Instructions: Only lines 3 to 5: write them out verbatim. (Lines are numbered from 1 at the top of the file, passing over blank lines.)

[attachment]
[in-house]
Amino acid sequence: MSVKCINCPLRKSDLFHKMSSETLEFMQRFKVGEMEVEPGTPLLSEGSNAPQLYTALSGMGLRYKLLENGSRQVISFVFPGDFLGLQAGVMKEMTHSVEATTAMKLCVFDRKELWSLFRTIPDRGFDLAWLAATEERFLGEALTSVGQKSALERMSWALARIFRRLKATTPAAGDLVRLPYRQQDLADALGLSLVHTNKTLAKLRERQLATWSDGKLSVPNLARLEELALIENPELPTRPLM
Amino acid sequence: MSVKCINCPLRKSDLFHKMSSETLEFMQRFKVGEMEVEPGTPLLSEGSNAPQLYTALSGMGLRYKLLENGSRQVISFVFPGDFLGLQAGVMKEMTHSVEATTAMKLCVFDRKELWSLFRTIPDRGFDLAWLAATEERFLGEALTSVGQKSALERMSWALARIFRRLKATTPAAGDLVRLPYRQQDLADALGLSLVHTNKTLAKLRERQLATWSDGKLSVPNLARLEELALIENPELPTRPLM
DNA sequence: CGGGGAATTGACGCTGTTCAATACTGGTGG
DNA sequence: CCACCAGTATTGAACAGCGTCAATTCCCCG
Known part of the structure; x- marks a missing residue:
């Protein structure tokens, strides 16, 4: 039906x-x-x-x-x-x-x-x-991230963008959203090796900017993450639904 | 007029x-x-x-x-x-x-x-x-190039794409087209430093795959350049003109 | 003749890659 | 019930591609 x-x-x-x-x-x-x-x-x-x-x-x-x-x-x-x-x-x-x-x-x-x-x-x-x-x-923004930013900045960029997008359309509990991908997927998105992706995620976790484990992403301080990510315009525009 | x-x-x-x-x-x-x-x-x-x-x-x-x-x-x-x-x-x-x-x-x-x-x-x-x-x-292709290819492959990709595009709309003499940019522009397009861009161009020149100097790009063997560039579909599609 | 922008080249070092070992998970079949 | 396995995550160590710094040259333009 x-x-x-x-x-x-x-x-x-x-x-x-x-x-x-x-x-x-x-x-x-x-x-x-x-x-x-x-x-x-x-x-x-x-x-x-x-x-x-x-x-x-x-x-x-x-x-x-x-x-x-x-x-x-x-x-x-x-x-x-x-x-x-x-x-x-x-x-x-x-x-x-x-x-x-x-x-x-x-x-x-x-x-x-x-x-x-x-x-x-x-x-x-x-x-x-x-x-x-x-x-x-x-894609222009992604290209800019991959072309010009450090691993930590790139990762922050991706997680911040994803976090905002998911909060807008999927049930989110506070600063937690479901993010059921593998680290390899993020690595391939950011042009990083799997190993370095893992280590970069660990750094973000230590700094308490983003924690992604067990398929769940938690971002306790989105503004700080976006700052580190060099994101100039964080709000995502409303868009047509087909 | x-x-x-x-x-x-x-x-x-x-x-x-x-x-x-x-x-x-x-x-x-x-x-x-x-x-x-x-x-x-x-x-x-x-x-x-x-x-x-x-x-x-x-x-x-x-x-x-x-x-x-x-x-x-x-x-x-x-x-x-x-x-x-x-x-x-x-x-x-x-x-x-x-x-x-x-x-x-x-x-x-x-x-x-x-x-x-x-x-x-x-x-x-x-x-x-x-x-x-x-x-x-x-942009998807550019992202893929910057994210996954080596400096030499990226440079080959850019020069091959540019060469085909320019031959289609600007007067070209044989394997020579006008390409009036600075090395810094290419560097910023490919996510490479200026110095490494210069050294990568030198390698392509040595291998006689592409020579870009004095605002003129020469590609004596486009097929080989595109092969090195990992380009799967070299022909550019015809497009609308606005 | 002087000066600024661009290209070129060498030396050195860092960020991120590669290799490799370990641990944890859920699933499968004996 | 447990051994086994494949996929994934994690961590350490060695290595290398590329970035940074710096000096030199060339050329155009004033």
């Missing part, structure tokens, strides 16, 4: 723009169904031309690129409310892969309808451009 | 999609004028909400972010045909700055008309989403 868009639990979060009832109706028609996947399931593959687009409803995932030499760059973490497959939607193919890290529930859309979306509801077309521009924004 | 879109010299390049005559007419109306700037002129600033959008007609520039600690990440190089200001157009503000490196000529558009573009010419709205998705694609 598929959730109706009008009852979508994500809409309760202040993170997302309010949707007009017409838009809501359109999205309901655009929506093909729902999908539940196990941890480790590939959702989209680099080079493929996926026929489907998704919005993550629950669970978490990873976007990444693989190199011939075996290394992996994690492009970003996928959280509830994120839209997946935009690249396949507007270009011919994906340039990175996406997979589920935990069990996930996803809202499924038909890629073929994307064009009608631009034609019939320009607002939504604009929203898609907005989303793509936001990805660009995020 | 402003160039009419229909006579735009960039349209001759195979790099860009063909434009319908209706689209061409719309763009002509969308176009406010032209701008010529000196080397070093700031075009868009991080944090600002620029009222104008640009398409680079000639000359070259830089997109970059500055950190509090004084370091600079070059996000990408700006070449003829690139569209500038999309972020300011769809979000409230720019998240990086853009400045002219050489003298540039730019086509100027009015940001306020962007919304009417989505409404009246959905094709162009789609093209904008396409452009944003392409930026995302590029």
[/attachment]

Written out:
Amino acid sequence: MSVKCINCPLRKSDLFHKMSSETLEFMQRFKVGEMEVEPGTPLLSEGSNAPQLYTALSGMGLRYKLLENGSRQVISFVFPGDFLGLQAGVMKEMTHSVEATTAMKLCVFDRKELWSLFRTIPDRGFDLAWLAATEERFLGEALTSVGQKSALERMSWALARIFRRLKATTPAAGDLVRLPYRQQDLADALGLSLVHTNKTLAKLRERQLATWSDGKLSVPNLARLEELALIENPELPTRPLM
DNA sequence: CGGGGAATTGACGCTGTTCAATACTGGTGG
DNA sequence: CCACCAGTATTGAACAGCGTCAATTCCCCG